Need Help/Advice on 71 Eldorado

Started by Mike Shawgo #20545, January 29, 2007, 06:37:06 PM

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Mike Shawgo #20545

Hi everyone,

I am working on my recently-acquired 1971 Eldorado convertible, and have run into a couple of things that maybe some of you can help with.  Any advice is very much appreciated.

1.  I was jacking up the left rear with the tire jack to remove the left rear tire to take it in to get a slow leak fixed.  When the car was jacked up, I heard something dripping, and it was gas dripping out from the right front of the gas tank.  The tank is full of gas.  Is this something to be concerned about, or is there some type of overflow valve that by jacking up the car with the tank full, the gas was running out of?  I couldnt quite see where the gas was coming from--seemed to be from the top of the tank somewhere.

2.  I noticed a hole in the floorpan right over an area where the tailpipe runs.  The car has very little rust overall, but I know floorpans can be a problem in these 70s Eldo convertibles.  I hate to think of replacing floorpans, and dont even know how this would be done.  Can a floorpan hole be successfully patched or repaired?  Can I do anything to stop further deterioration of the floorpans?  I am going to have the exhaust replaced this spring, and since the hole is right over the exhaust, is patching or repairing the hole something a muffler shop could do while the exhaust pipe is removed?

Mike Shawgo

Bruce Reynolds # 18992

Gday Mike,

Firstly, congratulations on your purchase.

Now, I would be very wary of any petrol lealing from anywhere under the car.   As these vehicles run a sealed system, I dont believe there is any breather at the tank, like the cars of old, so I would be dropping the tank to investigate, and be prepared to fix.   It may just be a simple degrading of the fuel line hose, a leaking sender gasket, or a hole in the fuel line itself.

As far as the hole in the trunk, it is a relatively simple task for someone with the skills of panel replacement/bodyworks to cut out and weld in a home-made patch panel to fill in  the hole(s), but not a job I would be leaving to an exhaust shop to perform.   The completed job(s) have to be painted both sides, and an exhaust place wouldnt be set up for that sort of job.

No real need to go to the trouble of finding commercial patch panels for these areas.   But, make sure that any area that is cut out that has a fold or creasing, the replacement piece of sheeting is folded or bent to the same contortions as they were put there for a reason.

Plus, if you take out the fuel tank, it would be a good time to do the "Rust" replacement as you dont want the risk of any petrol fumes getting involved with oxy welding flame/Mig Welder sparking.

The Tassie Devil(le),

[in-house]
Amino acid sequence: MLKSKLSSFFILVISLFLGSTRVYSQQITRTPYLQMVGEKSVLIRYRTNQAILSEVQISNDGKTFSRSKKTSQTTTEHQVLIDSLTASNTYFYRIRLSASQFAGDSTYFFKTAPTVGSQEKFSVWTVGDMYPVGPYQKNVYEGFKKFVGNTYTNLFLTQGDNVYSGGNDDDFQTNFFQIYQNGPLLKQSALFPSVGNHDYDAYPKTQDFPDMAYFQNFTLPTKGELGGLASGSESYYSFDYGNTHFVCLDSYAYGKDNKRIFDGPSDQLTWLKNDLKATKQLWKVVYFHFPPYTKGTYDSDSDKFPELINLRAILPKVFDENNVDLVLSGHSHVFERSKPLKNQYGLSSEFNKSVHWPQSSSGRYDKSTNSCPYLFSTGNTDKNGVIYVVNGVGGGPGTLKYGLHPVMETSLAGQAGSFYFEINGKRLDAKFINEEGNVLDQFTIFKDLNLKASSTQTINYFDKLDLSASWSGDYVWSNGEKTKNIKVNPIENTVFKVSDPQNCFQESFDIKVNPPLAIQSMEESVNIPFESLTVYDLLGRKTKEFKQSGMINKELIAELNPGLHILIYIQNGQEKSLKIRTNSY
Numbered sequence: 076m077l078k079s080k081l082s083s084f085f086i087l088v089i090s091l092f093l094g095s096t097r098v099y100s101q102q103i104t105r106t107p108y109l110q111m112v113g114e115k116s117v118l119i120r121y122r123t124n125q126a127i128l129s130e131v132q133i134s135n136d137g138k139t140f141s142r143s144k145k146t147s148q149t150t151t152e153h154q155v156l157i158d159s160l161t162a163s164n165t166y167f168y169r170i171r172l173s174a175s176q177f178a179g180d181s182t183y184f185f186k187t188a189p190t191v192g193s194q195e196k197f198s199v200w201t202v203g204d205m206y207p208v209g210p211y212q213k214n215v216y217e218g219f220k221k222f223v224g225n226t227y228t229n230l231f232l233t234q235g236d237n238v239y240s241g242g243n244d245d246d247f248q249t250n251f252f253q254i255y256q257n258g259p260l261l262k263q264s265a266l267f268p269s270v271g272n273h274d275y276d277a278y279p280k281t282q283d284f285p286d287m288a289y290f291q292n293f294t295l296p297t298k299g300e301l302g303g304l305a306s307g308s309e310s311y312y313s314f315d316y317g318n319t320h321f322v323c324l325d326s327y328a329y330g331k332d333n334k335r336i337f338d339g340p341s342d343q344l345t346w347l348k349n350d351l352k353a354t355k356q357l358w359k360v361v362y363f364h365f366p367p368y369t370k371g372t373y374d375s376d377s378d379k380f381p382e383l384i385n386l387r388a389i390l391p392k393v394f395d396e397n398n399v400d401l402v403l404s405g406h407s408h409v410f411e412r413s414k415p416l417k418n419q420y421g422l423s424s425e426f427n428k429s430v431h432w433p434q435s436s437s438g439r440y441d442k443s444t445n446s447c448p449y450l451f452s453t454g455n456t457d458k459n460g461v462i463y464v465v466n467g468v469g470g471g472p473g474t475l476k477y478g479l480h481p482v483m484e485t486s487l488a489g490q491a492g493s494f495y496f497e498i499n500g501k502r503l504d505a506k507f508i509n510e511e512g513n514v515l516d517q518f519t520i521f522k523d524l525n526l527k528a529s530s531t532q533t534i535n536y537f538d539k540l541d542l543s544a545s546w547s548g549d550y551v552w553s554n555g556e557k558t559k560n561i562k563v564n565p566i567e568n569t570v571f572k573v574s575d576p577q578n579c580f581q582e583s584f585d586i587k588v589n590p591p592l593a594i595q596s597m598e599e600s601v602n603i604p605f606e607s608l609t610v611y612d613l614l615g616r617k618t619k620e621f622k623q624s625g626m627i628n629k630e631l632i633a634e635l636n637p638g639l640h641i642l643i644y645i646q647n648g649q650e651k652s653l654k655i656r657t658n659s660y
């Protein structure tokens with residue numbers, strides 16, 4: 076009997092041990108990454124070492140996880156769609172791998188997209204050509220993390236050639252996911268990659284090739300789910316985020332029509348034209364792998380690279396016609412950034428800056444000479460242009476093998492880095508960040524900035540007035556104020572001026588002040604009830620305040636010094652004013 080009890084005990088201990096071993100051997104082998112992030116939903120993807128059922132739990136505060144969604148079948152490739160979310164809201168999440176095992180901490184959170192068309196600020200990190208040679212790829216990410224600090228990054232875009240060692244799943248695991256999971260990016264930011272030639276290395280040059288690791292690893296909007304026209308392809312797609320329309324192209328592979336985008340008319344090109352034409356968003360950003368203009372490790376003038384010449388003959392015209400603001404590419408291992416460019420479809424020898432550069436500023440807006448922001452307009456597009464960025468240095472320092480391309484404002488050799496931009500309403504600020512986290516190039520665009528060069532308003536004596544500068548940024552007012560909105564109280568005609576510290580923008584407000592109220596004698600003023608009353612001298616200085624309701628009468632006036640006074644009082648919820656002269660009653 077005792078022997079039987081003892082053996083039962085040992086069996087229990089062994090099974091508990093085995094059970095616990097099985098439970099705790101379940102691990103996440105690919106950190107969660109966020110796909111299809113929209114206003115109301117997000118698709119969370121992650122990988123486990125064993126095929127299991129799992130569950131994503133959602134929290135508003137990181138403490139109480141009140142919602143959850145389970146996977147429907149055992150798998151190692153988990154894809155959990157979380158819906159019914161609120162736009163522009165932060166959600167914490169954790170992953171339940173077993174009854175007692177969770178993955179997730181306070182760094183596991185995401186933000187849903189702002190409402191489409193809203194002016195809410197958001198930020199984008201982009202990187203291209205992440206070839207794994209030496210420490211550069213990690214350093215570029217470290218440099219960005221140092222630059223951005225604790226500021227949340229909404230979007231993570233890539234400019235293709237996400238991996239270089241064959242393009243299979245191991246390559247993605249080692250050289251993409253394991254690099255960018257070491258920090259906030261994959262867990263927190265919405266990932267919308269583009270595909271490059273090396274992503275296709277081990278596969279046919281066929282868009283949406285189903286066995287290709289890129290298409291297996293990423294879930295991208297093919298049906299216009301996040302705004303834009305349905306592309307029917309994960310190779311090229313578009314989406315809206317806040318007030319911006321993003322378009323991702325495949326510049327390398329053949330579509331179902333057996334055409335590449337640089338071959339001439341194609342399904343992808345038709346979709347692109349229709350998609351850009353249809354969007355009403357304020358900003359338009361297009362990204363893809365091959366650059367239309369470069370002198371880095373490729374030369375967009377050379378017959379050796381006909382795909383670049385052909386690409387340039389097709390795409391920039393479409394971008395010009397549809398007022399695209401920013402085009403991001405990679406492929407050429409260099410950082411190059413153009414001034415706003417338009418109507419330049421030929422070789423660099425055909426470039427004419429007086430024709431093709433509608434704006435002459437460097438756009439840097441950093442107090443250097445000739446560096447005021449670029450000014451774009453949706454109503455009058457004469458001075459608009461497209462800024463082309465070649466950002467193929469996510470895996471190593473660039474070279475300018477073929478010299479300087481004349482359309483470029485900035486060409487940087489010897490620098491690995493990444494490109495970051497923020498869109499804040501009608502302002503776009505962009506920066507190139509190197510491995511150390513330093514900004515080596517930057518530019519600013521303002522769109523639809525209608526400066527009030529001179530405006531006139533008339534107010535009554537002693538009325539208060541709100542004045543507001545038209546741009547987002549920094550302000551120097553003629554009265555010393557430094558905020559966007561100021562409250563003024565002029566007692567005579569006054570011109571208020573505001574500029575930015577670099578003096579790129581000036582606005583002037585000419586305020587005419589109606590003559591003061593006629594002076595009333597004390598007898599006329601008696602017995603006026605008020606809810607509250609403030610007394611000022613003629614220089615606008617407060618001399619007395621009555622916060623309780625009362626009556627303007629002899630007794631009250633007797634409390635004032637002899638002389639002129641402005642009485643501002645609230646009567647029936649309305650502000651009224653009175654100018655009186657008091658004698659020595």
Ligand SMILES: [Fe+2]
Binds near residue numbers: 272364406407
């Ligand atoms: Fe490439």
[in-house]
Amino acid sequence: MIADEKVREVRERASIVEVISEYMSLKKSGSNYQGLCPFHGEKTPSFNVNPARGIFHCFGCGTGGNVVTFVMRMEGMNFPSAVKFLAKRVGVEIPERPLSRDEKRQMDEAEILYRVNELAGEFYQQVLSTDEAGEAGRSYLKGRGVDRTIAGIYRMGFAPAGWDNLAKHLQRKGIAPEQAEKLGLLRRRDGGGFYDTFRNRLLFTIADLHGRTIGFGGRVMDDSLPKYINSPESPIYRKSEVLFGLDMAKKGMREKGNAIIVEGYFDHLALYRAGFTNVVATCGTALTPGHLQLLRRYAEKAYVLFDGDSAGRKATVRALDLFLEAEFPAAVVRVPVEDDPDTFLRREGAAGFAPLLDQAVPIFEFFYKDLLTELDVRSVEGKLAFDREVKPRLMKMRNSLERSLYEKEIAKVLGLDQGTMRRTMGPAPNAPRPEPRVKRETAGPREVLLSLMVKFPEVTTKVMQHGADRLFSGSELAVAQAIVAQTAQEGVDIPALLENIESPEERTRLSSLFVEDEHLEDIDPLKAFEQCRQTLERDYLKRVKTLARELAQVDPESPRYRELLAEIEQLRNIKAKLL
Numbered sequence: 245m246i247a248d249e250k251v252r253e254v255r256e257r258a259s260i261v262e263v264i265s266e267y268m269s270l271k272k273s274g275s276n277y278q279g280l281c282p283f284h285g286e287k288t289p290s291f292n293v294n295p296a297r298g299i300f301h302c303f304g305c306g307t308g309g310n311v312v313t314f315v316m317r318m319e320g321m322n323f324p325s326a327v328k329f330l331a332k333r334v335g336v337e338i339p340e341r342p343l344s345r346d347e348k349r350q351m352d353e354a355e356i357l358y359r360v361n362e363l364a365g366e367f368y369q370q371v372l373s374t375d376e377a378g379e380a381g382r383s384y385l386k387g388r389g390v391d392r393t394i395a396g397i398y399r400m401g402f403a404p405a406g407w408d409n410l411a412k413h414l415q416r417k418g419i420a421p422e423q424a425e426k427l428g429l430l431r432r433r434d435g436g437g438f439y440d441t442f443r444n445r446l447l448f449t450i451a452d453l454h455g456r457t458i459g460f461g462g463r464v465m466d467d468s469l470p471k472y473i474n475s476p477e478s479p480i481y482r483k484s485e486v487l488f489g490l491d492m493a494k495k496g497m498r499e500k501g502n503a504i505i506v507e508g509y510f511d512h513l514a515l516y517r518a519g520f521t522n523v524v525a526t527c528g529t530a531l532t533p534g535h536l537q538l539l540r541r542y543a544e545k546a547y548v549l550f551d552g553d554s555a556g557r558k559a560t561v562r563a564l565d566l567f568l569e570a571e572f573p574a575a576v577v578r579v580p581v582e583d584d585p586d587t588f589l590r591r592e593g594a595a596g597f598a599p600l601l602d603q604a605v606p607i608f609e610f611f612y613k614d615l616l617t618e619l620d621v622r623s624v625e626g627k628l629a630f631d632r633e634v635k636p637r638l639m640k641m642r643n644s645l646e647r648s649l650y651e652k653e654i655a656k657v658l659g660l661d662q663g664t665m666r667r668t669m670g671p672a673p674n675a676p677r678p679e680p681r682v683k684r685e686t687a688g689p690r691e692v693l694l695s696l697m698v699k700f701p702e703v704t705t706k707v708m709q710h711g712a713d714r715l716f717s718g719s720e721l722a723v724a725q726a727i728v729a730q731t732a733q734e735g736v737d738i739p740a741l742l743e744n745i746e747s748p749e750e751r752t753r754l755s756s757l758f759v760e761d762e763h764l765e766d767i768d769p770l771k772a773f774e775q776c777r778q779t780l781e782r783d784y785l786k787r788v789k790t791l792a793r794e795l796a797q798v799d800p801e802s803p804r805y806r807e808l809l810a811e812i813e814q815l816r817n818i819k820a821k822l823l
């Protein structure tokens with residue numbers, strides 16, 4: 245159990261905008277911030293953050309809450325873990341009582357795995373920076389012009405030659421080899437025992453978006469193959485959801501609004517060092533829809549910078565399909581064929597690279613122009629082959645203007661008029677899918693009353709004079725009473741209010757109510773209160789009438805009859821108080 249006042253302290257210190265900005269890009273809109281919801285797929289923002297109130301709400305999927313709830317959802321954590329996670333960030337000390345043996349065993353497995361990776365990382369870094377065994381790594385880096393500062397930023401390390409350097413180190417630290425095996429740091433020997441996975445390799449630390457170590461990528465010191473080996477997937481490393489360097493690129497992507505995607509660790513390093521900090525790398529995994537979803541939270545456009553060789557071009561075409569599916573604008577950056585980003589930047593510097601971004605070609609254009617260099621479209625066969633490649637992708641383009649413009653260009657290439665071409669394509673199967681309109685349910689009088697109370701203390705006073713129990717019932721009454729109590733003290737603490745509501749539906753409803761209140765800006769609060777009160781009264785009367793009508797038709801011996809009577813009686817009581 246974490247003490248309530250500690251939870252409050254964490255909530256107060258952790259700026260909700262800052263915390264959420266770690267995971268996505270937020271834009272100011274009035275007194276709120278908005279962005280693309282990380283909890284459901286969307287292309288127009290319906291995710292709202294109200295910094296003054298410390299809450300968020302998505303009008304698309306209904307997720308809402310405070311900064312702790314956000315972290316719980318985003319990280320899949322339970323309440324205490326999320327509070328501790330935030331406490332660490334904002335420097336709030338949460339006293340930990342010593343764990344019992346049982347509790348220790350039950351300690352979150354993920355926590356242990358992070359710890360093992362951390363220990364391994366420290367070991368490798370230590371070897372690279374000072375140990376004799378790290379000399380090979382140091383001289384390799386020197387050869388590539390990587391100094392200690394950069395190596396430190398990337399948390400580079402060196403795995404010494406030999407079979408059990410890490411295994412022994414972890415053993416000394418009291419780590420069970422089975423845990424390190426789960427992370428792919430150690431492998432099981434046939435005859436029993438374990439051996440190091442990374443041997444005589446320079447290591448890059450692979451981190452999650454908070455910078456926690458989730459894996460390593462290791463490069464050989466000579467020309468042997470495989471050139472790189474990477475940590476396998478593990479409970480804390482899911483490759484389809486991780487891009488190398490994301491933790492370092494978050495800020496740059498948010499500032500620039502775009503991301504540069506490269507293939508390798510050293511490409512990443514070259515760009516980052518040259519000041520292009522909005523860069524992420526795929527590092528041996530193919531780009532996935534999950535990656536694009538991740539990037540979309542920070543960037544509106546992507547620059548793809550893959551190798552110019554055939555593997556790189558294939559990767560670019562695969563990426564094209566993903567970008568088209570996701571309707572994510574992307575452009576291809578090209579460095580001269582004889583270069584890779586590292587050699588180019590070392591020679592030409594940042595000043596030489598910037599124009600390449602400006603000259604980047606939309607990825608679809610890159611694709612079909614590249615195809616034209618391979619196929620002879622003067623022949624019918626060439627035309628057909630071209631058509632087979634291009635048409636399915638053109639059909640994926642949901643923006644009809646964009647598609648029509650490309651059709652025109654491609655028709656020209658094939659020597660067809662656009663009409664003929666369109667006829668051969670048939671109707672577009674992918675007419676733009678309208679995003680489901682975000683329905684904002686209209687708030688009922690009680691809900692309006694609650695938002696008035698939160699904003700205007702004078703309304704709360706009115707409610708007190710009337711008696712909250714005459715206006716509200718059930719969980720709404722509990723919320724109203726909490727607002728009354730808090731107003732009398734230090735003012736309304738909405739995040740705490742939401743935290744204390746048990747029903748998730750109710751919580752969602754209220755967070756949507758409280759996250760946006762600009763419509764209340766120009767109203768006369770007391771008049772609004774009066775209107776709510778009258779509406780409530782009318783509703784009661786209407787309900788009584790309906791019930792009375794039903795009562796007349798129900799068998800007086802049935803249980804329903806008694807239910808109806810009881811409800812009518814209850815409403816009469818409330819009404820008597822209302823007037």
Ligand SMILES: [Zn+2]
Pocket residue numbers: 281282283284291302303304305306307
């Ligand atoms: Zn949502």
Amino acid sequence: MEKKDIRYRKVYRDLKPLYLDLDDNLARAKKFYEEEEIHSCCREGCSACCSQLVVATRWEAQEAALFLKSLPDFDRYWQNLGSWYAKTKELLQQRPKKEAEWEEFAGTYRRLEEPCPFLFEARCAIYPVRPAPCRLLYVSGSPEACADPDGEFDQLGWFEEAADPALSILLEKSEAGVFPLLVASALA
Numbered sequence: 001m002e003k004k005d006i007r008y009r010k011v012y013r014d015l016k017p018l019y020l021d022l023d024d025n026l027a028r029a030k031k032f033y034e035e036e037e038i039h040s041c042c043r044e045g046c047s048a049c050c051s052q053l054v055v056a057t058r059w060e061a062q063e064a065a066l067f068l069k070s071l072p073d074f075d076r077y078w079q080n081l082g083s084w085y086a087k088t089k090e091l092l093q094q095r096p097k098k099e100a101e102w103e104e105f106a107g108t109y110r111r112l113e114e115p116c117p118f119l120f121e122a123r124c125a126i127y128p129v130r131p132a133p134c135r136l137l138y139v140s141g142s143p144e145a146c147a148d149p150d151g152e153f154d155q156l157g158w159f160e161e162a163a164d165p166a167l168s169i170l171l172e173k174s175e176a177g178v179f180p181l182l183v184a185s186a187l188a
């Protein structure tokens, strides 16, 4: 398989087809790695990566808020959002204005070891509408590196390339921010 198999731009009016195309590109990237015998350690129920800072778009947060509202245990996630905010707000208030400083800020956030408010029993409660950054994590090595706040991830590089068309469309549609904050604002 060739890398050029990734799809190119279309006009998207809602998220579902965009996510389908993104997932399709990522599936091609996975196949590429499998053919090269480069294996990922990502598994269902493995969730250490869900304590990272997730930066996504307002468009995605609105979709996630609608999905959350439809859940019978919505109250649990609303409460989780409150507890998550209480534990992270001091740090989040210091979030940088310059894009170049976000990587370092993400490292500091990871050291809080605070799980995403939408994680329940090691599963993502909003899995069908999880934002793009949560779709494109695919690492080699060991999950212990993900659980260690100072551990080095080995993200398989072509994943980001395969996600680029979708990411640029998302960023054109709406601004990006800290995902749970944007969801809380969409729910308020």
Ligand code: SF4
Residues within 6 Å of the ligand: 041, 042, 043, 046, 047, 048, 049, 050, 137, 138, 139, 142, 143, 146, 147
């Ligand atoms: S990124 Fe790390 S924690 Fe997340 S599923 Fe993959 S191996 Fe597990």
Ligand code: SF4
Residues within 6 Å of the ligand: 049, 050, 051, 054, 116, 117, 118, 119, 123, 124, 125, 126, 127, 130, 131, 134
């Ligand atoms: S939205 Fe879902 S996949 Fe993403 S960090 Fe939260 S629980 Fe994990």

60 CDV.

TJ H 20664

For the fuel leak my bet/hope is the rubber lines.  There are 3 steel lines that come up in the pickup/sending unit in the center(ish)of the tank do a 90* bend and end about flush with the edge of the tank.  There is then about a foot of hose that connects this to the steel lines that run along the frame to the front of the car. The factory clamps are those spring ones that you can get off with a needle nose.  If someone put regular clamps on there with the tank down you will have to drop the tank to get them off.  Its kinda a pain on the tank side but it can be done.  Its much easier on a lift but I did it on jackstands.  IIRC the fuel line is 3/8" and the vent 5/16" and the return 1/4" but its been a while.  

While you are under there its a great time to check the steel brake and fuel lines on the drivers side, look real close where the clips are that hold it to the frame, for some reason those rust out worse than anywhere else on the car.  Have a look at the rubber brake lines too, back then 10 years was about the lifespan of those rubber parts.  On my 78 cdv the brake and fuel lines were rusted out at every clip, I started out replacing the brake line in one spot after it blew then noticed the fuel leak, long story short after several repairs and trips to the store we ended up with new steel brake lines and new steel brake line for the fuel line from the firewall to the back.

Enjoy the car, pick up a genuine GM shop manual if you plan to do any repairs yourself.  The genuine manual will save you a lot of time and trouble, dont wast your money on the generic manuals they cover too many years.

StPaul/Mpls MN USA
73 Eldo converts
75 Eldo
78 CDV

Mike Shawgo #20545


I feel dumb, I DO have a shop manual, just never thought to pick it up to look up the fuel tank.  I see there are several hoses coming out at the top--vent hoses, etc.  Im sure it must have tilted the gas up to those, and the hoses must be leaking around the connectors, or the hoses are bad themselves.  Probably all need to be replaced.

Thanks all for your replies!

--Mike Shawgo #20545

Joe G

This is an often overlooked problem, and it should be fixed IMMEDIATLY! The hoses get brittle and clips rust/rot, because the heat from the nearby exhaust pipe helps that process. Then the leaking gas and the hot pipe get together.....and you have a fire! The 71-78 Eldorados are very prone to this.

Mike Shawgo


Thanks, sounds like excellent advice, and I plan do take it!

--Mike Shawgo